Government inertia on energy labeling hindering industry

Energy expert Alan Pears urges more government focus on reducing household energy consumption.

These days, consumers are demanding more energy efficient household appliances. Whether it is cleaner home entertainment systems or air-conditioners that no longer resemble the energy guzzlers of yore, "green technology" is the catchphrase of the moment. Unsurprisingly, manufacturers and governments seem to be responding with initiatives such as the fridge star rating system, the phosphorescent lights campaign and by making environmentally friendly computers more readily available.

But has all this really amounted to lower greenhouse emissions from Australian households? Alan Pears, Adjunct Professor at RMIT University for Energy and Planning, is not so sure.

"The things that are using a lot of energy in homes [today] are quite different to what they used to be," Pears said. Notable improvements have been made for traditional staples like the fridge which has become far more efficient, "but now we've got people sitting around their houses playing their computer games and surfing the internet".

Yet establishing a tangible sense of the nature of energy consumption in Australian households has proved to be problematic. "Part of the trouble is we don't have very good data to actually know."

To highlight this, Pears explains that the only published data for plasma TVs are for the 42 inch screens. Of these it is known that the highest consuming plasmas use 440 watts and the lowest use less than 100. "The point of it is that there's a massive difference."

The absence of proper energy labeling has meant that consumers, when faced with the array of TVs and computers on the shop floor, are unable to make informed decisions about their purchases, says Pears.

In his view, the Government's inertia stems from two beliefs. "First of all it is a belief that the market will sort things out. Second, it's a belief that the only barriers are financial barriers." If a green product is cost-effective, then the government reflexively expects to see market forces rationally bear that out for consumers.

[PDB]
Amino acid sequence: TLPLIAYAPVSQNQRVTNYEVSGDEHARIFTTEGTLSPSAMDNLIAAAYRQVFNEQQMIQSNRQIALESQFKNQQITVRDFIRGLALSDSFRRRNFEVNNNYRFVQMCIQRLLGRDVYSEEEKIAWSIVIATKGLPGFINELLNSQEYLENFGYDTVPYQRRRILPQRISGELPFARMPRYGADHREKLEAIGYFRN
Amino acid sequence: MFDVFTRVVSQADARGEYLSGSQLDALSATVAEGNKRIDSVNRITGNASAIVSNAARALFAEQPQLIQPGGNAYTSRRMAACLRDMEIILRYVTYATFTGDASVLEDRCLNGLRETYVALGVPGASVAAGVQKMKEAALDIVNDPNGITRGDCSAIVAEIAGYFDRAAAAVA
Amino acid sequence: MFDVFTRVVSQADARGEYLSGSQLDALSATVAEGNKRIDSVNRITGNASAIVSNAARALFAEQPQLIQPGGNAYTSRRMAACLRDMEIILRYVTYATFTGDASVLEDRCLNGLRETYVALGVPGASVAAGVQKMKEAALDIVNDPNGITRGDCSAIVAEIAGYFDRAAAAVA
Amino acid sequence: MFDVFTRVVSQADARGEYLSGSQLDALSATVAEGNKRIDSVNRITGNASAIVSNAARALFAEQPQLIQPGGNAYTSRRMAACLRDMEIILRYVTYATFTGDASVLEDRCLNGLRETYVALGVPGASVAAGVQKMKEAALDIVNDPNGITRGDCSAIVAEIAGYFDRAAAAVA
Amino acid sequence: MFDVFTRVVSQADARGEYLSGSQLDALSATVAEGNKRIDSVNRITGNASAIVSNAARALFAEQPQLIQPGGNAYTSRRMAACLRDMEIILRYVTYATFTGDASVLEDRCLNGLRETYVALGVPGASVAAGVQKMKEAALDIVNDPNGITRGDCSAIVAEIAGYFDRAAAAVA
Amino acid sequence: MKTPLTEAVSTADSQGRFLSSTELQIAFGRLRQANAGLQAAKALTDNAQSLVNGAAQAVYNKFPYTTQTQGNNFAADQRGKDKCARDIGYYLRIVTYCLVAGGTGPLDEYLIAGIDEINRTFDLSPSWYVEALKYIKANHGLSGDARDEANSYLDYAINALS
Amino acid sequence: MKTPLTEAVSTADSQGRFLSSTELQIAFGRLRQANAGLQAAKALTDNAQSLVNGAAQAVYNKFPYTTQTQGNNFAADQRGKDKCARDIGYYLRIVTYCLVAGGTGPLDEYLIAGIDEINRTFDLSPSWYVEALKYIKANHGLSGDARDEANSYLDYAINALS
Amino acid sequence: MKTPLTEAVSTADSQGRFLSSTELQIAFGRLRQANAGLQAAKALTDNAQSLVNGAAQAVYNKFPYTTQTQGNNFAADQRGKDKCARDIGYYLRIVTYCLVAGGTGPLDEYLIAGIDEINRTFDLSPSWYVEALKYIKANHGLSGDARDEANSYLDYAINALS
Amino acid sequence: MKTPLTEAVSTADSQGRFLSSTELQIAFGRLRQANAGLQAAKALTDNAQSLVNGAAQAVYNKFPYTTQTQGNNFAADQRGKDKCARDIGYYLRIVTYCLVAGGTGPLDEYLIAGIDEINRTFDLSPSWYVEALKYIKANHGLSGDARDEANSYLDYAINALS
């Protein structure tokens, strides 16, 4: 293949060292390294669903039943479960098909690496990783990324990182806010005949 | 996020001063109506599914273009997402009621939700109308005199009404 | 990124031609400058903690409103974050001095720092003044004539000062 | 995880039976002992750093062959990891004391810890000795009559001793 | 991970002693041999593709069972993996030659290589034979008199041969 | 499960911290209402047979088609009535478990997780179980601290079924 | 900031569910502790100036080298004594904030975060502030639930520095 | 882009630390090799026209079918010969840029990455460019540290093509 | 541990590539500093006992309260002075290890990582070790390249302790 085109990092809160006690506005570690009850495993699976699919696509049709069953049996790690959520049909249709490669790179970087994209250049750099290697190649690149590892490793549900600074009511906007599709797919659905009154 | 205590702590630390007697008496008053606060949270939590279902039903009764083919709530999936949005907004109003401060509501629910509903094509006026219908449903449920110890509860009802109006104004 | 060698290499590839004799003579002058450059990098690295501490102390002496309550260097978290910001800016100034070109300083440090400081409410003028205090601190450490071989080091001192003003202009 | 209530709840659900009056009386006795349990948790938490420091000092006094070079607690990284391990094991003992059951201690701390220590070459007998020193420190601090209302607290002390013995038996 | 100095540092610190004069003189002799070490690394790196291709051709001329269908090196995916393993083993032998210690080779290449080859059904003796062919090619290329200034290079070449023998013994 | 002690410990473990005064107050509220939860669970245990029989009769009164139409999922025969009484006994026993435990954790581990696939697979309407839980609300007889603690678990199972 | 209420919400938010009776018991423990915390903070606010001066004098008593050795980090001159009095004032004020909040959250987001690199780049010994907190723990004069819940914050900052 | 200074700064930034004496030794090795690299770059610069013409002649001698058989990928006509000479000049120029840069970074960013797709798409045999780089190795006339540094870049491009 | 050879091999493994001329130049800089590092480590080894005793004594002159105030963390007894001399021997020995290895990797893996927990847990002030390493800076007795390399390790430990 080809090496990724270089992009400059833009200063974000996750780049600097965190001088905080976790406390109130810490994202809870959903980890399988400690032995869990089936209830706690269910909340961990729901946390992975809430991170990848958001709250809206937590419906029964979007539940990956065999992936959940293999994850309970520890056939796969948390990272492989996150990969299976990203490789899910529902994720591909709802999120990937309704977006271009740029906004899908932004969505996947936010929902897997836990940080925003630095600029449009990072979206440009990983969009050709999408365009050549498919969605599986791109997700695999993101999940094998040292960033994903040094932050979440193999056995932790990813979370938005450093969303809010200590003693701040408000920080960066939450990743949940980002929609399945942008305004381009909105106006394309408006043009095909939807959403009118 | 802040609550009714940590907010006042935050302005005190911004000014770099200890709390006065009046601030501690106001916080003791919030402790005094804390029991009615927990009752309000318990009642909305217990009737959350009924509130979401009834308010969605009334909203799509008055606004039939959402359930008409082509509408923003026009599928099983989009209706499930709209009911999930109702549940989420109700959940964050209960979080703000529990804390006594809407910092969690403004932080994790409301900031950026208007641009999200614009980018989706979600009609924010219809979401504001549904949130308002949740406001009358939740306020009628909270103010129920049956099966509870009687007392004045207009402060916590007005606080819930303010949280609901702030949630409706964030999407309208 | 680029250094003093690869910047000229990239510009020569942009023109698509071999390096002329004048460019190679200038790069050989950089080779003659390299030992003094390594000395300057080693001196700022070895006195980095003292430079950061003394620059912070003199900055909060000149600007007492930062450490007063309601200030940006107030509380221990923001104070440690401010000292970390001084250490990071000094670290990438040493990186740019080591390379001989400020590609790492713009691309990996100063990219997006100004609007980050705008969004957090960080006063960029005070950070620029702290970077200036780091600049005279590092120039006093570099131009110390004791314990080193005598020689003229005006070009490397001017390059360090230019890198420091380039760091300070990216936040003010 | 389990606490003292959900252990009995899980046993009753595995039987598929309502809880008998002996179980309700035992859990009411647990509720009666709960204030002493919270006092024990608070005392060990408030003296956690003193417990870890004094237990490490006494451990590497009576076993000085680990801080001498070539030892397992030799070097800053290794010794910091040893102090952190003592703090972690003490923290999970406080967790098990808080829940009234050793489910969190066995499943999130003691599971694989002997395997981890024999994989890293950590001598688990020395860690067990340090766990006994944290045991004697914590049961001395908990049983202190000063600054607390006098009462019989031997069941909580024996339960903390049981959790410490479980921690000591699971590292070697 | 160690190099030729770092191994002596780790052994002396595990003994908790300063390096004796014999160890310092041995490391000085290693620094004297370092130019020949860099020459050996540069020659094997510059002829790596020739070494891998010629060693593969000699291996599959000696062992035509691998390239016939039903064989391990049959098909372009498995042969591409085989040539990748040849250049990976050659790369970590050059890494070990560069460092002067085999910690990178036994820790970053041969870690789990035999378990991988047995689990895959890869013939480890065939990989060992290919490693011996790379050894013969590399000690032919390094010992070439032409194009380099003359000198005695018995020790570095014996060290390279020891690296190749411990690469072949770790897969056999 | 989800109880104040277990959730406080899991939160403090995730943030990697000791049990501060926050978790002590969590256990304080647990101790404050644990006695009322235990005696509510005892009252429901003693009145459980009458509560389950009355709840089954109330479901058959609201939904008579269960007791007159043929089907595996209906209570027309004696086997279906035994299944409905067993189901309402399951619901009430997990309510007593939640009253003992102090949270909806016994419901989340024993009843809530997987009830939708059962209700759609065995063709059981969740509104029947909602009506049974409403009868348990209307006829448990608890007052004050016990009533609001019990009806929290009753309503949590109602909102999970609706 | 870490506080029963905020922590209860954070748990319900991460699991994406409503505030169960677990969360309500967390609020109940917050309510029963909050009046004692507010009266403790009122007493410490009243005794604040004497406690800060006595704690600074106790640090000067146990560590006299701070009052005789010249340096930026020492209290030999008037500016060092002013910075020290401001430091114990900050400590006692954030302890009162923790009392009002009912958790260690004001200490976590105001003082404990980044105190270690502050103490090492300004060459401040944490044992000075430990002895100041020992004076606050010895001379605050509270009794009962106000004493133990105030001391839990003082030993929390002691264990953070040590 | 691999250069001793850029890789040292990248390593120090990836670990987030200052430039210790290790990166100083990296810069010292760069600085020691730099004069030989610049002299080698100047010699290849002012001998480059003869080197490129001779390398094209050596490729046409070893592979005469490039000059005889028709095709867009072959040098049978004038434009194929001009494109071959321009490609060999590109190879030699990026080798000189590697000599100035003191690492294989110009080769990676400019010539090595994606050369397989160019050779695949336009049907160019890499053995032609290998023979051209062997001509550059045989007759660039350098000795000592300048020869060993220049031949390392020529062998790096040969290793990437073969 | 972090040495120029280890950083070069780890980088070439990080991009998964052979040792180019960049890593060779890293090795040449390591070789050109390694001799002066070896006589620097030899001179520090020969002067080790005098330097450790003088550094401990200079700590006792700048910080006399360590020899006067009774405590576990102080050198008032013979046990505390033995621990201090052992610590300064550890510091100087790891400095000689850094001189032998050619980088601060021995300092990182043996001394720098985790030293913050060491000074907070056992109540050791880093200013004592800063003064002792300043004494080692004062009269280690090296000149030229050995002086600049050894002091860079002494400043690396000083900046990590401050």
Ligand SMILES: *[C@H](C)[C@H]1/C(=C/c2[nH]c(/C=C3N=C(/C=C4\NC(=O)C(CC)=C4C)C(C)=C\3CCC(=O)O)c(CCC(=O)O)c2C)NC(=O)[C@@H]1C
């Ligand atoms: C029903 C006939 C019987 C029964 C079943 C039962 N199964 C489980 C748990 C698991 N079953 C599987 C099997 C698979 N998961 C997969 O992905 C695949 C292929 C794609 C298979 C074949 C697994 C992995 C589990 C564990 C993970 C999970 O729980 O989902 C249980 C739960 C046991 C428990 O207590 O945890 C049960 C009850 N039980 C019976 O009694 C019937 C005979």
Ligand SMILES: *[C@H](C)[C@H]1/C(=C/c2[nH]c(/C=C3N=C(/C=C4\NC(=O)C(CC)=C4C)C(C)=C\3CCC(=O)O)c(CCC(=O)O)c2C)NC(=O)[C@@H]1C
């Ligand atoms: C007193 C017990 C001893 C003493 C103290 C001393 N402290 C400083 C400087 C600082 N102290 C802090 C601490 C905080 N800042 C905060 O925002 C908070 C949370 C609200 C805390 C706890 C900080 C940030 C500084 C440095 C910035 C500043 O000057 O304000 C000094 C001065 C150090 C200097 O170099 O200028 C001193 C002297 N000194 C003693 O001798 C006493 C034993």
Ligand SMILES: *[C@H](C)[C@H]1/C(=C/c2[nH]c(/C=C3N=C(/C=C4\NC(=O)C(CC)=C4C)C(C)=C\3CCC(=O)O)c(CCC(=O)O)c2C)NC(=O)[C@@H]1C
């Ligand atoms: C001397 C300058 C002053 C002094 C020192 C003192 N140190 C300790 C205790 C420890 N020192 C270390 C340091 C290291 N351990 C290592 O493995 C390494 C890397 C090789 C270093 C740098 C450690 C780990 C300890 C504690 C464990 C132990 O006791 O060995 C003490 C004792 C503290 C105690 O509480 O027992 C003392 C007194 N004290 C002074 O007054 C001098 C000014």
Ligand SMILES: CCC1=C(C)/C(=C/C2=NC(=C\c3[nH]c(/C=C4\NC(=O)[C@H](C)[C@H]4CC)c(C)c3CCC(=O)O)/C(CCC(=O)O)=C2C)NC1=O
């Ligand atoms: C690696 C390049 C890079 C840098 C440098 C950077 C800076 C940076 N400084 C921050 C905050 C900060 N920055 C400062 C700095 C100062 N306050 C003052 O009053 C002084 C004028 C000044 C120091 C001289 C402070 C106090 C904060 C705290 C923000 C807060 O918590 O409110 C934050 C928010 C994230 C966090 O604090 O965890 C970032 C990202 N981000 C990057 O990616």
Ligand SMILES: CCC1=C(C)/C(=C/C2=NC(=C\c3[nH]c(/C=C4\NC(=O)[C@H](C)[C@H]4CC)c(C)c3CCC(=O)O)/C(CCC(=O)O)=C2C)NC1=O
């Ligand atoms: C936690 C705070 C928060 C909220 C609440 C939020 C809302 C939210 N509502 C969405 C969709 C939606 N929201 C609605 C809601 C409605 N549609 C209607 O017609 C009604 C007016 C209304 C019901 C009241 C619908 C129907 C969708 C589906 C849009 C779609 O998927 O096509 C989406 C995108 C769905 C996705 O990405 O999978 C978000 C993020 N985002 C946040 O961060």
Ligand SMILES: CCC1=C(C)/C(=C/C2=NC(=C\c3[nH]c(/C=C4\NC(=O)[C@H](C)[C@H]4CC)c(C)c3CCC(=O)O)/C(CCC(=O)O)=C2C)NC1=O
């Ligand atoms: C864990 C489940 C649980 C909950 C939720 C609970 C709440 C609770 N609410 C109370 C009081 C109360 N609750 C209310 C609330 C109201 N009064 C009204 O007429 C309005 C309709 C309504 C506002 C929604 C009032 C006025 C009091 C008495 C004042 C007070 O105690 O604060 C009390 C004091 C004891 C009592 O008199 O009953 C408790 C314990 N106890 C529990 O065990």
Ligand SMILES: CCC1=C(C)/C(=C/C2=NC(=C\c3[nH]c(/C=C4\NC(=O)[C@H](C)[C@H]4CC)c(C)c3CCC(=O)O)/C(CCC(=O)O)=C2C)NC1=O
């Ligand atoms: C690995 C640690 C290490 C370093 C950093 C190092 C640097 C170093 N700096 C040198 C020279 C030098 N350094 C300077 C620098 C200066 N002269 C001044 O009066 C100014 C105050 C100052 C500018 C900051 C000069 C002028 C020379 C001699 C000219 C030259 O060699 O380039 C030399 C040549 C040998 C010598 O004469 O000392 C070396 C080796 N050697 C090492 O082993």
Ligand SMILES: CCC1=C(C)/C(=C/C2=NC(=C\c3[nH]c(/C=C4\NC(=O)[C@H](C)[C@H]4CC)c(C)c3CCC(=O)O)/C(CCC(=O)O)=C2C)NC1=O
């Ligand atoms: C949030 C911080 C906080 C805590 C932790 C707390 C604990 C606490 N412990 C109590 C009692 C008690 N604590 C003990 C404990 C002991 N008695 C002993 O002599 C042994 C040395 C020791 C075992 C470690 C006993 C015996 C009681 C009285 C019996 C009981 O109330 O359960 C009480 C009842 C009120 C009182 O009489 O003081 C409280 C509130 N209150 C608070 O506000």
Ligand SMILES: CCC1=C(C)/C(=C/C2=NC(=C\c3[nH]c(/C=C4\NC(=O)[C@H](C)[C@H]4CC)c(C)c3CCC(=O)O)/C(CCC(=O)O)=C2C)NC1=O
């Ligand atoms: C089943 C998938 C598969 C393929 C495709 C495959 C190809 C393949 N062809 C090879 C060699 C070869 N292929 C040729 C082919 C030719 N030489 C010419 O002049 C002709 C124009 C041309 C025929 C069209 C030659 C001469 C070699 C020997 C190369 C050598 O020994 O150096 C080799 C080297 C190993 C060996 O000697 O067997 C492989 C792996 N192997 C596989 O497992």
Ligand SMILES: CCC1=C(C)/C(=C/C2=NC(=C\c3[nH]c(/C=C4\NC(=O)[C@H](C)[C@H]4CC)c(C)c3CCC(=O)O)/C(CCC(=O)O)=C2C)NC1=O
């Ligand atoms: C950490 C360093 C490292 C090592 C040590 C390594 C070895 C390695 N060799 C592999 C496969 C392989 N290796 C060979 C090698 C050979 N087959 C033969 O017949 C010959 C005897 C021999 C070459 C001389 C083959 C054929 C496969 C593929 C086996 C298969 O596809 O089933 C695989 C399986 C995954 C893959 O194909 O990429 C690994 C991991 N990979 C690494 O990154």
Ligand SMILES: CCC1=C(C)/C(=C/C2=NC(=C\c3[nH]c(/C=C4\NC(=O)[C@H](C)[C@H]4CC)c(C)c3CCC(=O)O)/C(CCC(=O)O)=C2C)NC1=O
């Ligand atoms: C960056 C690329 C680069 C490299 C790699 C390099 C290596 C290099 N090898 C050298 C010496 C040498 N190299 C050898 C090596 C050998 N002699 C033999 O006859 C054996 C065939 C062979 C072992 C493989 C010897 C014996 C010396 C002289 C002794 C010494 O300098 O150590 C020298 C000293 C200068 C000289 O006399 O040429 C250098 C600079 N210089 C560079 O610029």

In reality, Pears claims, the barriers are more numerous and lie elsewhere.

Most significantly, it ranks as a low priority on the government's environment policy agenda. "The powerful policy people in Government, like in Treasury, tend to dismiss household energy as a fringe thing - it won't do very much. It just hasn't been on their radar."

He identifies, too, the widespread "lack of information" available to consumers.

He blames the misallocation of government funds. A case in point is the Australian Greenhouse Office. "To do all its work on energy efficiencies on buildings and appliances was less than a million dollars, and here they are spending millions of dollars on renewable energy and clean coal technology".

Lastly, Pears speaks about the government's misguided reliance on regulations. Instead, "what we need is more powerful and comprehensive programs and certainly the experience overseas and even here when we've done so is that providing strategically targeted incentive programs encourages people to do the right thing," he says.

"If the Australian government had restructured the first home buyer's scheme so that the higher the star rating of your new house, the more money you got, then a lot of builders would suddenly be falling over themselves to sell really good houses because you would have given them a positive incentive and you would also be sending a signal to the home buyer that the government thinks it's a good idea as well, and you'll also be saving on your energy bill. Now that's the kind of thing that can transform the industry."

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Sharon Springell

Computerworld
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